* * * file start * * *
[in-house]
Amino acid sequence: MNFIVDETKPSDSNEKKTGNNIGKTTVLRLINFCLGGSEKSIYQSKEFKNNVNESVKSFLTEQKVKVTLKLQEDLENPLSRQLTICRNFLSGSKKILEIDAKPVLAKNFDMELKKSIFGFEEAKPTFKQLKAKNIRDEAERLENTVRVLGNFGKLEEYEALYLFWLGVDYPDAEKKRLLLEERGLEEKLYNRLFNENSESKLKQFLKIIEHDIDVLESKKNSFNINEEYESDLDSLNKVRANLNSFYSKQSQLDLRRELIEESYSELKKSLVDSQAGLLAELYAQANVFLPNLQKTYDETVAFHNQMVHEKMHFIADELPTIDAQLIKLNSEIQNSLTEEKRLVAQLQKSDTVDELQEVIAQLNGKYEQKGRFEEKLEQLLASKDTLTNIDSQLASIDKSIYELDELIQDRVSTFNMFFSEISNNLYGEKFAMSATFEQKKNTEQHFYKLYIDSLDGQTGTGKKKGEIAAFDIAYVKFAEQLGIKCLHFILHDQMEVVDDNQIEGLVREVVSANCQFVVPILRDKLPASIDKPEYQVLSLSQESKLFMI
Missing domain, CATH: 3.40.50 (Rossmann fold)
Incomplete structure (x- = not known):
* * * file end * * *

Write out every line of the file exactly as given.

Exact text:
[in-house]
Amino acid sequence: MNFIVDETKPSDSNEKKTGNNIGKTTVLRLINFCLGGSEKSIYQSKEFKNNVNESVKSFLTEQKVKVTLKLQEDLENPLSRQLTICRNFLSGSKKILEIDAKPVLAKNFDMELKKSIFGFEEAKPTFKQLKAKNIRDEAERLENTVRVLGNFGKLEEYEALYLFWLGVDYPDAEKKRLLLEERGLEEKLYNRLFNENSESKLKQFLKIIEHDIDVLESKKNSFNINEEYESDLDSLNKVRANLNSFYSKQSQLDLRRELIEESYSELKKSLVDSQAGLLAELYAQANVFLPNLQKTYDETVAFHNQMVHEKMHFIADELPTIDAQLIKLNSEIQNSLTEEKRLVAQLQKSDTVDELQEVIAQLNGKYEQKGRFEEKLEQLLASKDTLTNIDSQLASIDKSIYELDELIQDRVSTFNMFFSEISNNLYGEKFAMSATFEQKKNTEQHFYKLYIDSLDGQTGTGKKKGEIAAFDIAYVKFAEQLGIKCLHFILHDQMEVVDDNQIEGLVREVVSANCQFVVPILRDKLPASIDKPEYQVLSLSQESKLFMI
Missing domain, CATH: 3.40.50 (Rossmann fold)
Incomplete structure (x- = not known):